Retracing the Roots of Our Bishop
Updated: 3 days ago
The Children’s Corner has given its beloved Bishop a 21st-century makeover – honoring the pattern’s legacy, while at the same time streamlining and updating it for today’s sewers. The classic -- first issued in 1979, the third in Children’s Corner’s catalog of more than 200 patterns -- remains true to the original Betsy, Gwen and Ki bishops by designer Elizabeth Travis Johnson and the Children's Corner Pattern Company, but features revised, step-by-step directions and an expanded size range, Newborn to 24 months and 3 to 6. The pattern is a key part of the Children’s Corner story through the decades. “I think the bishop is the most special of all the smocked garments to learn,” says Lezette Thomason, one of Children's Corner founders. "I think it's a little more challenging to make with the smocking tension and that perfect bias neck band. The design is perfect for little girls, because they can wear it so much longer since the only place it fits is in the neck."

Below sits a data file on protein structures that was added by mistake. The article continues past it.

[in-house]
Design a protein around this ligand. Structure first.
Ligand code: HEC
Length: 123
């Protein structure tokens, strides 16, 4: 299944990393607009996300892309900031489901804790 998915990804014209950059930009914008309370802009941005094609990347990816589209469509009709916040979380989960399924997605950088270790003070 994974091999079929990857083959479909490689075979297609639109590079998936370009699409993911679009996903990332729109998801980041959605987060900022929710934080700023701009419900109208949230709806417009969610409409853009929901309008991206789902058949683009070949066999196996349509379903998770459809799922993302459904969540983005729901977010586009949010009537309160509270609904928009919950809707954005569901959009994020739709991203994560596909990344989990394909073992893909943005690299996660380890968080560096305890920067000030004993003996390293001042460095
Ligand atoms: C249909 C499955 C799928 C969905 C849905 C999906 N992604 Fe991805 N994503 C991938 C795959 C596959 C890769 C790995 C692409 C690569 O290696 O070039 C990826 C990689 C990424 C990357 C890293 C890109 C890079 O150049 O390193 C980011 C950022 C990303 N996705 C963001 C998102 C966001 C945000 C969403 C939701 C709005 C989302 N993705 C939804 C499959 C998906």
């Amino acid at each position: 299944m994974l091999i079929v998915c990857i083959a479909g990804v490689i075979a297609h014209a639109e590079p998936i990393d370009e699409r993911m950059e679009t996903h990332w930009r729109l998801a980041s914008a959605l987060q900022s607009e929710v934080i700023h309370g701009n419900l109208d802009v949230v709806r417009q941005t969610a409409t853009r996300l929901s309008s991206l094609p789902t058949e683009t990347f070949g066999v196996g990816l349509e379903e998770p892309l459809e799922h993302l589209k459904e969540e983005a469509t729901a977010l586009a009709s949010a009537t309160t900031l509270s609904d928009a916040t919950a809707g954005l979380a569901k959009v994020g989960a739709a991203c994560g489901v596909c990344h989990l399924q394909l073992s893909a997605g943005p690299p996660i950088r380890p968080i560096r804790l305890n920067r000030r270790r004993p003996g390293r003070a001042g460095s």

Elizabeth Travis Johnson taught sewing for more than 30 years at Watkins College of Art, Design & Film in Nashville, then known as Watkins Institute, where Lezette was one of her students. After she retired from Watkins, Elizabeth traveled around the country teaching the discipline she loved so much. Lezette and the other Children's Corner founders approached her about drafting patterns for their fledgling business, a relationship that continued for years.
Pattern designer and sewing teacher Trisha Smith was a dear friend of Elizabeth’s, and traveled with her after her husband, Glenn Johnson, passed away. She says Elizabeth was “honored to be asked” to be involved with Children’s Corner. “She wanted the love of smocking and fine children’s sewing to be continued,” Trisha says. The bishop was a favorite of Elizabeth’s – the Gwen version is named after her only child. “She was just crazy about smocking and loved teaching smocking.”
Whether the Children's Corner Bishop is new to you or a cherished part of your sewing repertoire, it’s time to make this timeless treasure! Written by Anne Gillem
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